BY NANCY HILLER
Have you ever wished for a way to peer into Hoosier history and glimpse what daily life was like a century ago? While it’s not quite a time machine, the Indiana Magazine of History offers a wealth of information as intriguing as it is edifying. The contents are available online, free of charge.
Think of terms relating to everyday life—say, “college” and “expenses”—and type them into a keyword search on the site. Miraculously, up pops “Cash account of a university student, 1902-1903.” Ink and letter-tablet…20 cents; Railroad fares to and from Bloomington…$6.40; Beans and pencils…35 cents. Quite a contrast with the iPads, cars, and dining options available to IU undergraduates today.
For this quirky, period detail, you may thank the World Wide Web. But there’s someone else you should credit as well—George Cottman, a freelance writer who lived at the turn of the 20th century. Passionately concerned that stories and records of Indiana’s beginnings would disappear as members of the state’s earliest generations died out, Cottman, reputedly traveling by bicycle, sought out journals, ledgers, and other personal papers that could contribute to a history of the state. He started the Indiana Magazine of History (IMH) in 1905.
“The first impetus of the magazine was to rescue information,” says Eric Sandweiss, IU associate professor of history and current editor of IMH. Since then, the magazine has expanded its scope to topics as diverse as the first Indiana banks, Herman B Wells’ cultural entrepreneurship, and the British employment of Native Americans to terrorize pioneers during the Revolutionary War.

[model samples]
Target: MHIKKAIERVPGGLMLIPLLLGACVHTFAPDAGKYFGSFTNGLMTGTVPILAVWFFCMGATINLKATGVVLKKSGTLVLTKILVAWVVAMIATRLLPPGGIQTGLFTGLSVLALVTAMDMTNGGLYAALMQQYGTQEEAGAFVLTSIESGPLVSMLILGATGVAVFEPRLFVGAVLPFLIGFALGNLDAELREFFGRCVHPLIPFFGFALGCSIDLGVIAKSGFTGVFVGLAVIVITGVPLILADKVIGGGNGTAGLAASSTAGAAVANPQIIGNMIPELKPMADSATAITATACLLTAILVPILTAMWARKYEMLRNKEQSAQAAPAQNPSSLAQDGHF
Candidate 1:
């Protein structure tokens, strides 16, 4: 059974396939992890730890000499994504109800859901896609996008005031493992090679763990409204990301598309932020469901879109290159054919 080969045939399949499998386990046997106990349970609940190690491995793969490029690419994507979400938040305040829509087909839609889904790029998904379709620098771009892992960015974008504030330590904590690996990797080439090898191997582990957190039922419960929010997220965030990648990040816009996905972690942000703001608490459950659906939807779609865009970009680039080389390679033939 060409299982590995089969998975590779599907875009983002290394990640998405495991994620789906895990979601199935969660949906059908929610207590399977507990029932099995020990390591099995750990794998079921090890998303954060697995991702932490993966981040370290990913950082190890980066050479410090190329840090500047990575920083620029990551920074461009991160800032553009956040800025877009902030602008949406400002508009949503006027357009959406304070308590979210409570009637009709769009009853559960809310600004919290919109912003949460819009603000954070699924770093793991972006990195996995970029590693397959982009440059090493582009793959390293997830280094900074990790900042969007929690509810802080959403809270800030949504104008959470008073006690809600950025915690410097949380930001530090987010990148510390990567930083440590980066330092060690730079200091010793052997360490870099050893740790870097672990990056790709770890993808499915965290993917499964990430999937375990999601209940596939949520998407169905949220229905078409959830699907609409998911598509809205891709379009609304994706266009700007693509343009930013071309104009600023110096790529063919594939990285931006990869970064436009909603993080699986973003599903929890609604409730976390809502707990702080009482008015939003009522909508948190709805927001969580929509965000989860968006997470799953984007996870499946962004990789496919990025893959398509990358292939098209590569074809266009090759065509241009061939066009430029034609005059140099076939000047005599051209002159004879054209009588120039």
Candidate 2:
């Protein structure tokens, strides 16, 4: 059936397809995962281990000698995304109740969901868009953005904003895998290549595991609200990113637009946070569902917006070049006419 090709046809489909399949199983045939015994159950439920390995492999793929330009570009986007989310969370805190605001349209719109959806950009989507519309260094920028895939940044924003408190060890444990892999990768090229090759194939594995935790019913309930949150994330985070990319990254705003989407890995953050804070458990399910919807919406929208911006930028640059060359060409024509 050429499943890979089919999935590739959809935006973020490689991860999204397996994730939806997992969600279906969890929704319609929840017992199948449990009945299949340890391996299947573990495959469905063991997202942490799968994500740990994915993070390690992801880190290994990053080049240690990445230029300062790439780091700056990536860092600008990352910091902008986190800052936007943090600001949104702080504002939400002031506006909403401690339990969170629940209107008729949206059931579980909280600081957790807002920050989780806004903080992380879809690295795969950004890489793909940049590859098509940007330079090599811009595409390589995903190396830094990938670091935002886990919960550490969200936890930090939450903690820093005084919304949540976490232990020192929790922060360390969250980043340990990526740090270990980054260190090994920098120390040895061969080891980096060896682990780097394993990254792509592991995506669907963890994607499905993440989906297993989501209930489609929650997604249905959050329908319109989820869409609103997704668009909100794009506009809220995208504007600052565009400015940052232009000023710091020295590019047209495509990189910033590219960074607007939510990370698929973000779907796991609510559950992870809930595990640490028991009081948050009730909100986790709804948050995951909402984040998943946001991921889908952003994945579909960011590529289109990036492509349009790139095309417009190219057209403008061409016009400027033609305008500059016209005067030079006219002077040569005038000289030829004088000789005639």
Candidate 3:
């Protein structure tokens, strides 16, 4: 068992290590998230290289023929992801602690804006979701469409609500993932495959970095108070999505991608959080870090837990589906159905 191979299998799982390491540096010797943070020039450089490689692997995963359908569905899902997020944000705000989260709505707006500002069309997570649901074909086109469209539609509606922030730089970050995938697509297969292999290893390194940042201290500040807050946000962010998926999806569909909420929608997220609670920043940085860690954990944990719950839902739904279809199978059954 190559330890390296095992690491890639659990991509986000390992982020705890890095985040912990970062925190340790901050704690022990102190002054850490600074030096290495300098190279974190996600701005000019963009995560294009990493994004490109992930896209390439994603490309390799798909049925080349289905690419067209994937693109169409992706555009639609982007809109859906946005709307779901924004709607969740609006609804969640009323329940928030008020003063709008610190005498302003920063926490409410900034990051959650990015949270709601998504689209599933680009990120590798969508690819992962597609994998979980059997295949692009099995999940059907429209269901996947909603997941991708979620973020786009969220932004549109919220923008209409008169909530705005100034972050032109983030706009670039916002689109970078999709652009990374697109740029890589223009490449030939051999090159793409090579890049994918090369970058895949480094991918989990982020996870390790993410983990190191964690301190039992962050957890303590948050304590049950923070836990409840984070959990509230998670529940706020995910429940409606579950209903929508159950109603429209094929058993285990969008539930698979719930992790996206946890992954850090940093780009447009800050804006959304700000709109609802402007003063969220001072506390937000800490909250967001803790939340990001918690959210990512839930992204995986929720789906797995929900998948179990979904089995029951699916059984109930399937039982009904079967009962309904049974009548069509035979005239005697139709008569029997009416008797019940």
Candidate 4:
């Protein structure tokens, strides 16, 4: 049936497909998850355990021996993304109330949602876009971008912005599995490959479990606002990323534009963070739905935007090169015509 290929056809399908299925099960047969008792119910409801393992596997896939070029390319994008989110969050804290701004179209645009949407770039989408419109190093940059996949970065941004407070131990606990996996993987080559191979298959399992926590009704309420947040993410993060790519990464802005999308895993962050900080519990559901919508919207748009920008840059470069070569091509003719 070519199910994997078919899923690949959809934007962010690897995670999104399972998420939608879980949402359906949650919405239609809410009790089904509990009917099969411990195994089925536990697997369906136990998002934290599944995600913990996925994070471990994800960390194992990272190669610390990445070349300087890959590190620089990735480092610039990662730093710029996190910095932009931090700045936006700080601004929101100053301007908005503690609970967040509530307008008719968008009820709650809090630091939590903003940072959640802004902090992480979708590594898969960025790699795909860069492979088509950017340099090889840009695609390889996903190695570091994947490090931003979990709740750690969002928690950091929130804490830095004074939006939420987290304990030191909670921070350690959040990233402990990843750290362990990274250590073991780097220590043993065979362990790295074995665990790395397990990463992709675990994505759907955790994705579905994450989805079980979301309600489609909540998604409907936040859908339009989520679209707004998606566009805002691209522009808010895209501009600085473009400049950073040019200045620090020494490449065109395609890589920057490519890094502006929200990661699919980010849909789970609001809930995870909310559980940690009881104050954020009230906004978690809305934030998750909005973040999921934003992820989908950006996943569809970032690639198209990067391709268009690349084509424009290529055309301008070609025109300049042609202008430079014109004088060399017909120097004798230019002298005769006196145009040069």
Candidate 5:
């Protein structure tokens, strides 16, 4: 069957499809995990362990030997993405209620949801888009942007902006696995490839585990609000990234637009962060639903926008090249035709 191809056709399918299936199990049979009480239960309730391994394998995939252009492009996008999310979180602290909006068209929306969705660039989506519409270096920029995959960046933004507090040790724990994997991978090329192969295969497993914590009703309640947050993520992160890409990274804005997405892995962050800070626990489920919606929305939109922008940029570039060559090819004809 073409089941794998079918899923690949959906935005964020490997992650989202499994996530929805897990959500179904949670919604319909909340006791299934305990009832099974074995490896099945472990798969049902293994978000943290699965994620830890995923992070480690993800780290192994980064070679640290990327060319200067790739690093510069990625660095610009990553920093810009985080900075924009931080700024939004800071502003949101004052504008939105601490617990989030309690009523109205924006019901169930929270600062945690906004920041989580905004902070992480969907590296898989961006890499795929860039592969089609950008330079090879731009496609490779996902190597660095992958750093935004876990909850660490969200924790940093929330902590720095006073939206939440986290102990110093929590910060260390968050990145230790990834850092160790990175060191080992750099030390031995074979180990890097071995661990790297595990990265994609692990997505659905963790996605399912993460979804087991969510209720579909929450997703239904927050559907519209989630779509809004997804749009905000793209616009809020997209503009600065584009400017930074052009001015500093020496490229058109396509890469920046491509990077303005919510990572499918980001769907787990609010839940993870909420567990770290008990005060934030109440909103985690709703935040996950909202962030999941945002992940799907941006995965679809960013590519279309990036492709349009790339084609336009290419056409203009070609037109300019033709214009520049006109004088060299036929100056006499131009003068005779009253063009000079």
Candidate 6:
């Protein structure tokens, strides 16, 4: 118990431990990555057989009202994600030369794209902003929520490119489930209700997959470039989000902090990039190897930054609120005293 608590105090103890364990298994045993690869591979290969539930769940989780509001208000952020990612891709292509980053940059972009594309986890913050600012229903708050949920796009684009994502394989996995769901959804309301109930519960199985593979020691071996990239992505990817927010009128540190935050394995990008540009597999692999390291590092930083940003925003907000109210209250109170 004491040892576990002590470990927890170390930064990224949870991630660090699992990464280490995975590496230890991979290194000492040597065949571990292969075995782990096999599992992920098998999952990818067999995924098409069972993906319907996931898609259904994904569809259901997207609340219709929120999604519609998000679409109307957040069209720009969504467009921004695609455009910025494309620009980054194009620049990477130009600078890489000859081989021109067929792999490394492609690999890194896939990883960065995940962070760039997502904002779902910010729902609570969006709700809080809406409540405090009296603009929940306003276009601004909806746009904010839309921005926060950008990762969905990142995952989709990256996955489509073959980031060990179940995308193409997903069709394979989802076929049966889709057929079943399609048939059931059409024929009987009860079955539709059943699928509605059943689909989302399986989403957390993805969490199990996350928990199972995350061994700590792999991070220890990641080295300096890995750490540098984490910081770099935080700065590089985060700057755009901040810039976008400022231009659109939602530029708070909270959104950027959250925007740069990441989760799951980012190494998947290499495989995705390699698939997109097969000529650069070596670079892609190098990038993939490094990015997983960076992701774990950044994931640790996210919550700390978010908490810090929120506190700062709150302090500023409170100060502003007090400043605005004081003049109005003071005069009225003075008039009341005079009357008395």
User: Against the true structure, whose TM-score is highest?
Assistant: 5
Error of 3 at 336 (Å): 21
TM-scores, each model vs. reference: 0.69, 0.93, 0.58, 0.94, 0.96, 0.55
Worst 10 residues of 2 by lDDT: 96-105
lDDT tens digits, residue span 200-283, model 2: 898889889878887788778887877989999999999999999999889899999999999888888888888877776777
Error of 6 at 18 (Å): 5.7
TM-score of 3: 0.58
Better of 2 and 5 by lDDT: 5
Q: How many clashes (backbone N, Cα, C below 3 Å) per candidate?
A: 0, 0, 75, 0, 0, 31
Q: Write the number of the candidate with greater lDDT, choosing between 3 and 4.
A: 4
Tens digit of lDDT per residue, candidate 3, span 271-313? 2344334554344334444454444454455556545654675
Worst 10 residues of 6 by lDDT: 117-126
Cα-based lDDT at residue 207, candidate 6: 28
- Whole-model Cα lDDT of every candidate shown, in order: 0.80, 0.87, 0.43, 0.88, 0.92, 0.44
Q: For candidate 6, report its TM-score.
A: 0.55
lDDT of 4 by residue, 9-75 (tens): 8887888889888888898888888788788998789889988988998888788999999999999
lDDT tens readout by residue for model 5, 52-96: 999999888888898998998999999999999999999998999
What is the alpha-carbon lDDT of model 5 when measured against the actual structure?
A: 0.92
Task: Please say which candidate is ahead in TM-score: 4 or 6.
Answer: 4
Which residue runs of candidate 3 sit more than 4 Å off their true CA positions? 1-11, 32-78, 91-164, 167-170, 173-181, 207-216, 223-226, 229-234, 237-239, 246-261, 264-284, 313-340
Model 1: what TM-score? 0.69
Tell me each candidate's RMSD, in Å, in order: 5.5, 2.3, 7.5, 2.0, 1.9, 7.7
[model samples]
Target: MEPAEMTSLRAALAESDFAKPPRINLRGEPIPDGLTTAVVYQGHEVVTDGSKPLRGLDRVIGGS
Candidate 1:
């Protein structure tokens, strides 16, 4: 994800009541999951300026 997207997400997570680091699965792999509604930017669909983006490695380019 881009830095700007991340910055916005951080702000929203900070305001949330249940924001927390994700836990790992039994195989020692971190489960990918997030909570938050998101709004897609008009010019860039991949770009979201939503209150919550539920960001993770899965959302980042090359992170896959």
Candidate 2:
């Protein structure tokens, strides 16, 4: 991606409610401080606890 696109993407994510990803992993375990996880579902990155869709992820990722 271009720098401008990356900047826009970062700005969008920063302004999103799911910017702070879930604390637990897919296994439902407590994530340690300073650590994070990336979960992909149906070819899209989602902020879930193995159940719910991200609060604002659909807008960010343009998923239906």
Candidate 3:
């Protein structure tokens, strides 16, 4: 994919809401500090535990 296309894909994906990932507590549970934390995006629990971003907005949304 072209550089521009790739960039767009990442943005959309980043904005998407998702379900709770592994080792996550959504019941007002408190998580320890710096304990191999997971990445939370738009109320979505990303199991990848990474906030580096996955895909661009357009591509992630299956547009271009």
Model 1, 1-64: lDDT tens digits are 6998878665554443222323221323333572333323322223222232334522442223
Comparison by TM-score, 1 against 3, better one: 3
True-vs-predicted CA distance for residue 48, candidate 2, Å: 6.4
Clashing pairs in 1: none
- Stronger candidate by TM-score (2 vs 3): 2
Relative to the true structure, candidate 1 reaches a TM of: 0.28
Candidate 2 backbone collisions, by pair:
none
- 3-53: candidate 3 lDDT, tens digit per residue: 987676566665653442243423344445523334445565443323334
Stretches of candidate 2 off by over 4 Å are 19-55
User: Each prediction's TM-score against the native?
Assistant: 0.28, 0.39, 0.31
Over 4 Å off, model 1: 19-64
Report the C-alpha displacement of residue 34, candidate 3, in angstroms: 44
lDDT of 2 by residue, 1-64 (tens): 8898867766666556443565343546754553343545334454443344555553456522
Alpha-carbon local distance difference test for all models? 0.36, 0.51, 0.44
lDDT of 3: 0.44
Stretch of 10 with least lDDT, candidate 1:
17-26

Since 1913, the magazine has been published through IU’s history department. Despite its academic provenance, the quarterly journal makes a point of appealing to members of the general public. “We provide a meaningful interchange of ideas, stories, and information between professional historians and scholars on the one hand and smart readers who may earn their living in other ways but are just as savvy and passionate about history,” says Sandweiss. The print magazine is available by subscription, either directly from IMH ([email protected]) or through the Indiana Historical Society, which offers discounted rates to its members.
And if you look up that cash account from 1903, you’ll discover that the student in question, with $3 “cash on hand” and $350 “borrowed,” had more in common with students today and their student loans than you might previously have imagined.